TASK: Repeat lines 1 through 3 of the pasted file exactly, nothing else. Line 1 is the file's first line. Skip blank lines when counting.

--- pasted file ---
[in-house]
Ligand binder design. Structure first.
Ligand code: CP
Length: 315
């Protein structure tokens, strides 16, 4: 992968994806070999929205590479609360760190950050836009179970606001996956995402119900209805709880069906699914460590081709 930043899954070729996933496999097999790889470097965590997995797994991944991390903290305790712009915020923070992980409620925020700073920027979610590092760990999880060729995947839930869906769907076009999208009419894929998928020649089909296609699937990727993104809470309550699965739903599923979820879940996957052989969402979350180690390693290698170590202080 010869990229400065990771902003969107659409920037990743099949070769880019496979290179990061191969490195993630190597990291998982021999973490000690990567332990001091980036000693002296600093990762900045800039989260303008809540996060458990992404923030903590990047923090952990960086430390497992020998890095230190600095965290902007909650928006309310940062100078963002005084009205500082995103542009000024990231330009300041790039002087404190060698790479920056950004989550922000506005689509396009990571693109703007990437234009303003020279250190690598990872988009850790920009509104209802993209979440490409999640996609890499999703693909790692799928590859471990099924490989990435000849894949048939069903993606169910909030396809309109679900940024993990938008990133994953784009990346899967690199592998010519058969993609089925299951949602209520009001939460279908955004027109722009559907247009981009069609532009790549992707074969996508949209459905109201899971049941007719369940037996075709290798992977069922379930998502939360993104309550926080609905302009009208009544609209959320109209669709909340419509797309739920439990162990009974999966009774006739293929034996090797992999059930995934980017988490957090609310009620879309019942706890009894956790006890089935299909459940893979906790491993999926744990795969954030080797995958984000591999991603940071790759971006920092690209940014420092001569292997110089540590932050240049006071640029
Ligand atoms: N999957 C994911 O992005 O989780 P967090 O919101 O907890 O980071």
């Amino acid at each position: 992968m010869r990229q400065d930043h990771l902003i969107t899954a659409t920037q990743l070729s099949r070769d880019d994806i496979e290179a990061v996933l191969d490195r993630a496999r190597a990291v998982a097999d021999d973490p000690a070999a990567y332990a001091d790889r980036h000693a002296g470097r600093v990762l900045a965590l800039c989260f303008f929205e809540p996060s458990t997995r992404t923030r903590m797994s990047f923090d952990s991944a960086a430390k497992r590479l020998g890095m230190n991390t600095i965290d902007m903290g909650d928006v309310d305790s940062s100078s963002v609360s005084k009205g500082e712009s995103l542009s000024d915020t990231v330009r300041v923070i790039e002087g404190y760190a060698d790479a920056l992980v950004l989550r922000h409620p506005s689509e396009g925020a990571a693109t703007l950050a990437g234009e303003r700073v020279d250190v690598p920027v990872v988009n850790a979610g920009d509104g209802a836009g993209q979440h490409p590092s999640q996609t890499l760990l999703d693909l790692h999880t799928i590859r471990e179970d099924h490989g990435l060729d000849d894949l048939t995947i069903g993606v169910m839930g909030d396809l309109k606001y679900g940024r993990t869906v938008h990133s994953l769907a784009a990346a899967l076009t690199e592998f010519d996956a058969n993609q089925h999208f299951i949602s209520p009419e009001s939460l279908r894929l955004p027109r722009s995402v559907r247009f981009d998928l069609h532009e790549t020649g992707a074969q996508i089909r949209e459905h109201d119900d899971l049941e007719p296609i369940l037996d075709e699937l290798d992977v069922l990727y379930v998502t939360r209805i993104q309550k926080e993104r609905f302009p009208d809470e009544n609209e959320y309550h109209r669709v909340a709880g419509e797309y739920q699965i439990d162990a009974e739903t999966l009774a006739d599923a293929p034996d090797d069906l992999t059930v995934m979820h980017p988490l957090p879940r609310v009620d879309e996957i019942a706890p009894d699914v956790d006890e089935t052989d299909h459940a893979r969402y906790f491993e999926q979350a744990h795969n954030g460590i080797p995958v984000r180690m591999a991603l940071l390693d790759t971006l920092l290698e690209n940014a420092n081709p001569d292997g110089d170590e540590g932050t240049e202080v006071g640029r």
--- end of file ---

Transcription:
[in-house]
Ligand binder design. Structure first.
Ligand code: CP